Author Options:

What is the best construction technique for a 4-foot tall sculpture of a human face? Answered

Must be somewhat portable (ie. not carved out of stone, not using a ton of steel as a frame). Can have less detail or be more stylized than the images shown. UPDATE: I used sheets of polystyrene which I glued together and carved. Will post link to an Instructable soon!



Best Answer 9 years ago

Another idea is to use layers of styrofoam insulation from a building store. Glue them together with styrofoam glue, then carve the sculpture into the styrofoam. Painting is tricky, make sure you use something that won't dissolve the foam.

i would try using the Styrofoam and stacking it like jeff said. carve your face then use something like 3M spray glue to give it a surface coat then paint it. the glue will make it stronger, protect it from getting dents or nicks, and give it a cool stone like texture after being painted.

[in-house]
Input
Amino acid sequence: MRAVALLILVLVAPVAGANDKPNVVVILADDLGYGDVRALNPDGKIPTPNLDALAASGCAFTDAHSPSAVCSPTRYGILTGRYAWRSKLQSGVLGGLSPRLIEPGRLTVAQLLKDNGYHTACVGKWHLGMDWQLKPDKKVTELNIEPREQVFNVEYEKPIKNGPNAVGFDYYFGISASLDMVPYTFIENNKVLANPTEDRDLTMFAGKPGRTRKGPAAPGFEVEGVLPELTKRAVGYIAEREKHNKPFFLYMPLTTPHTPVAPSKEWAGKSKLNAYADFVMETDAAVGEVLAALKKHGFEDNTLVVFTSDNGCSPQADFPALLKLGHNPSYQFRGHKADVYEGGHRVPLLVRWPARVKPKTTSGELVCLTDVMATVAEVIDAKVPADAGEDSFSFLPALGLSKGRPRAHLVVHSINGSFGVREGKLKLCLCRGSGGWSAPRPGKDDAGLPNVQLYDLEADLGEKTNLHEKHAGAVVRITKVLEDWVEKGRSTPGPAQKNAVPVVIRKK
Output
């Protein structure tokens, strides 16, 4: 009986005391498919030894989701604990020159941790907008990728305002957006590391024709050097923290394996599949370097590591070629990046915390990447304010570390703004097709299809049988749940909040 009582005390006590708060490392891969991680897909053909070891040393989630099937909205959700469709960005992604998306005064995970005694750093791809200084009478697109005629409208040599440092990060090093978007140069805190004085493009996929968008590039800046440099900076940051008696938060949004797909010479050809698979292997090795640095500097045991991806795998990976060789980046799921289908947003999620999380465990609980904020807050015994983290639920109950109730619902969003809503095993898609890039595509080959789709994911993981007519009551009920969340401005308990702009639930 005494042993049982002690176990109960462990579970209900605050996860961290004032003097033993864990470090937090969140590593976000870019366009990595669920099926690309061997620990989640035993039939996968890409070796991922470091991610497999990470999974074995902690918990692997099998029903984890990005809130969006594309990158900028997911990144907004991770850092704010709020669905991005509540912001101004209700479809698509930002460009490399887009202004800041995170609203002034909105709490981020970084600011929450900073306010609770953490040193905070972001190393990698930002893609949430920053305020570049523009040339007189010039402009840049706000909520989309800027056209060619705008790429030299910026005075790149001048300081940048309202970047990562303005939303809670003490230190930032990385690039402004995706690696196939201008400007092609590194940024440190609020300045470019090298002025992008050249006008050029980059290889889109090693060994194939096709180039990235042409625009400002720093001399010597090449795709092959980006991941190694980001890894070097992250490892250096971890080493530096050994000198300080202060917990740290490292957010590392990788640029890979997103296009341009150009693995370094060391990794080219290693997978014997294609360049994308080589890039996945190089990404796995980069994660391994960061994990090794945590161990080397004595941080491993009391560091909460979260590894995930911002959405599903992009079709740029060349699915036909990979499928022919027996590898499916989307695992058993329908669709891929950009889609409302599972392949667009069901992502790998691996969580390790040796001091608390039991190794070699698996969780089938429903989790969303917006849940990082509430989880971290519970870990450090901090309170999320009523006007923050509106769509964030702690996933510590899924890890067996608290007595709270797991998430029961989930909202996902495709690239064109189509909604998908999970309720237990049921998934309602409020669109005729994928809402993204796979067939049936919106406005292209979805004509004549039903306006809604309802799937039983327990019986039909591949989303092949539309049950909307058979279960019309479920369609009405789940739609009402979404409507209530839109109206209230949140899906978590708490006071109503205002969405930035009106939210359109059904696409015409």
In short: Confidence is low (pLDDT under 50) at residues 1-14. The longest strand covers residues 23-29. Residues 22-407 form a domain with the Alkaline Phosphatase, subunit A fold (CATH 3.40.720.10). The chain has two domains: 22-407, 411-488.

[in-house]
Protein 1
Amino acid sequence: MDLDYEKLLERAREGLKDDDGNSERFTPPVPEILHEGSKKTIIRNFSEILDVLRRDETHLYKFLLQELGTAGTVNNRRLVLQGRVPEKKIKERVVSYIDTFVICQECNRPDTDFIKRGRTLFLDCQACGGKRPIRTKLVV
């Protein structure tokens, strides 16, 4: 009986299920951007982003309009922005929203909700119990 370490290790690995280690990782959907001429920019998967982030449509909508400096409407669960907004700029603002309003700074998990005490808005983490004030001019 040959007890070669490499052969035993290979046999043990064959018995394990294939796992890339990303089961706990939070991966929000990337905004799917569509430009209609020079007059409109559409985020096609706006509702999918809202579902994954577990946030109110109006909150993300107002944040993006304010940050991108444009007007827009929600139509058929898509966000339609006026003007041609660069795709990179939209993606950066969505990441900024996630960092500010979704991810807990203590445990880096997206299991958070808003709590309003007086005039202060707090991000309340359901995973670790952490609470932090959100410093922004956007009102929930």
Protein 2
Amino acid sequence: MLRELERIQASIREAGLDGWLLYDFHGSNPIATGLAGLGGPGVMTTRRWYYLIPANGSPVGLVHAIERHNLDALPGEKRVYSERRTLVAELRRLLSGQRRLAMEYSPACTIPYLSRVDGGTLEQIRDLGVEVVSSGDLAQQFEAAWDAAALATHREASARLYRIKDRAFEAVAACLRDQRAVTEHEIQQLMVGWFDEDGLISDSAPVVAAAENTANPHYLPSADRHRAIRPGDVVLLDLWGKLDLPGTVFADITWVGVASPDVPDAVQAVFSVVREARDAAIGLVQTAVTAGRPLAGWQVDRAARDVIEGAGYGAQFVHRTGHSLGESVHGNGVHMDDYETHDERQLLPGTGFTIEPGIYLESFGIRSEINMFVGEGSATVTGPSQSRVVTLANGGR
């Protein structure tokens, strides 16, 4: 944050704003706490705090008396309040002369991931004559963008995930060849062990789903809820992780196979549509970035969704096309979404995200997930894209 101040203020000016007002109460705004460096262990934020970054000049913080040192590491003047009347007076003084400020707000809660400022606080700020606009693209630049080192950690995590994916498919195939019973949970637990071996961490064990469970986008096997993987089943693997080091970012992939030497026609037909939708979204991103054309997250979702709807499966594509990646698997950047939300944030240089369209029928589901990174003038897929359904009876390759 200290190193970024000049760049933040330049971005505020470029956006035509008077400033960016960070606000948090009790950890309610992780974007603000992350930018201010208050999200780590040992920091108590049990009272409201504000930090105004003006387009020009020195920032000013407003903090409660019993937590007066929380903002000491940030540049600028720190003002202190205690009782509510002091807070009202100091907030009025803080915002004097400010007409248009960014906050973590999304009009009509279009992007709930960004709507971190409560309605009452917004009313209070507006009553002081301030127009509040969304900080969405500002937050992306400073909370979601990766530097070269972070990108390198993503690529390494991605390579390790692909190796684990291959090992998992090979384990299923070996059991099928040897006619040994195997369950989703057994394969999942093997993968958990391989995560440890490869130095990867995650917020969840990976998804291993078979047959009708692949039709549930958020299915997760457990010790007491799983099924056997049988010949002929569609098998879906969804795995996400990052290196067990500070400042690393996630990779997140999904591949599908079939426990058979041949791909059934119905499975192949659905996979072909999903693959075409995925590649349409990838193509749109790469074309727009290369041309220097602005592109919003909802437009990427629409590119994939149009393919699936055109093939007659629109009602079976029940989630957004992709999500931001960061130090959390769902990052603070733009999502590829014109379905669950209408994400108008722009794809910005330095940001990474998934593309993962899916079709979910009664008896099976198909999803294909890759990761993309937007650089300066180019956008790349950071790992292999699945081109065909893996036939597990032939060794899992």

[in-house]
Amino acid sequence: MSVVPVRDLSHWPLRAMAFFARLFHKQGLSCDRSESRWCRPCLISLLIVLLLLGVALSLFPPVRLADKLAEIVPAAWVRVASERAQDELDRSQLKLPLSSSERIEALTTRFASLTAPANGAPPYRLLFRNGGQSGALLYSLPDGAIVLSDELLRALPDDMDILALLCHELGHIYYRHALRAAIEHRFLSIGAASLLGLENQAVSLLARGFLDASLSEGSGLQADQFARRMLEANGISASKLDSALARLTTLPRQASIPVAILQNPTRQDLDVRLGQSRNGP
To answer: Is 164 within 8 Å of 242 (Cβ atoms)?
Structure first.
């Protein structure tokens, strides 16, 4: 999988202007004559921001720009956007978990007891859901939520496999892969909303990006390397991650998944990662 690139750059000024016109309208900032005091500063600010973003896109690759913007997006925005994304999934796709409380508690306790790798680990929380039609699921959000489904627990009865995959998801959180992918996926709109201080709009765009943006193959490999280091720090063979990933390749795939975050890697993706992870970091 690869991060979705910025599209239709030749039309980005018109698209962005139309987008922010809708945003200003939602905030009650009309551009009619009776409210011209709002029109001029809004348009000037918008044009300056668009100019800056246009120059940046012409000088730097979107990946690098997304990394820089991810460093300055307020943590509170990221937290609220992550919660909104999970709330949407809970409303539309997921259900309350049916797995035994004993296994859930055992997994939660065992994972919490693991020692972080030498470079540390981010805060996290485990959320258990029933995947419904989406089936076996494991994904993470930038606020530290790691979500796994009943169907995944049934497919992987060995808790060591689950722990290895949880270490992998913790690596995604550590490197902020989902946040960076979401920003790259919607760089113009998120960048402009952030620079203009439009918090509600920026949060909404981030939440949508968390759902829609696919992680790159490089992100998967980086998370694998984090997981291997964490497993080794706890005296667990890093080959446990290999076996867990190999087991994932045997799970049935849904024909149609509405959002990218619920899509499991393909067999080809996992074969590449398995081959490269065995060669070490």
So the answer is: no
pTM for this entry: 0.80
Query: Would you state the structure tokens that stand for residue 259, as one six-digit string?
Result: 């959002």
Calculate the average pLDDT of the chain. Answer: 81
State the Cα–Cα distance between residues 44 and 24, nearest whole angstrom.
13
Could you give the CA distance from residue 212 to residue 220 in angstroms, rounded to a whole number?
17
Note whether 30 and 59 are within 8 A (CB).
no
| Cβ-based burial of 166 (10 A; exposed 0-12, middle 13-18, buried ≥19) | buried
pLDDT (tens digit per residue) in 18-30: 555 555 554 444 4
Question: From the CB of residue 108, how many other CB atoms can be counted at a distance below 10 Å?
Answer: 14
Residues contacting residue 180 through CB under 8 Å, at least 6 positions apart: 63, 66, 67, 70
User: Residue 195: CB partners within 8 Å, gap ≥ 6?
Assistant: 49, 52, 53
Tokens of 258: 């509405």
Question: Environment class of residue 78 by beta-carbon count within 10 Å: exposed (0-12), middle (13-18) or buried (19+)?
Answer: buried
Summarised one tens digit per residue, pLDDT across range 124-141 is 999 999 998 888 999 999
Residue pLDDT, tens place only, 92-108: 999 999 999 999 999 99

That should work fine, as long as the paint doesn't dissolve the glue, too!

before you buy all of it get the spray and a small piece of foam to spray and see if it chews through it. if i remember correctly it shouldn't too badly if at all.

I would use;
- Chicken wire to make the base
- then spray foam, then carve with knife or spray foam cutter, if you have...
- then cover with plaster... used for drywall *cheaper than plaster of paris or stucco* and add a little latex paint and white glue for strength and to protect from final coat, consistency of thin porridge... a few layers on both sides'........
- If it is for outside, cover/paint on a few coats of marine fiberglass resin...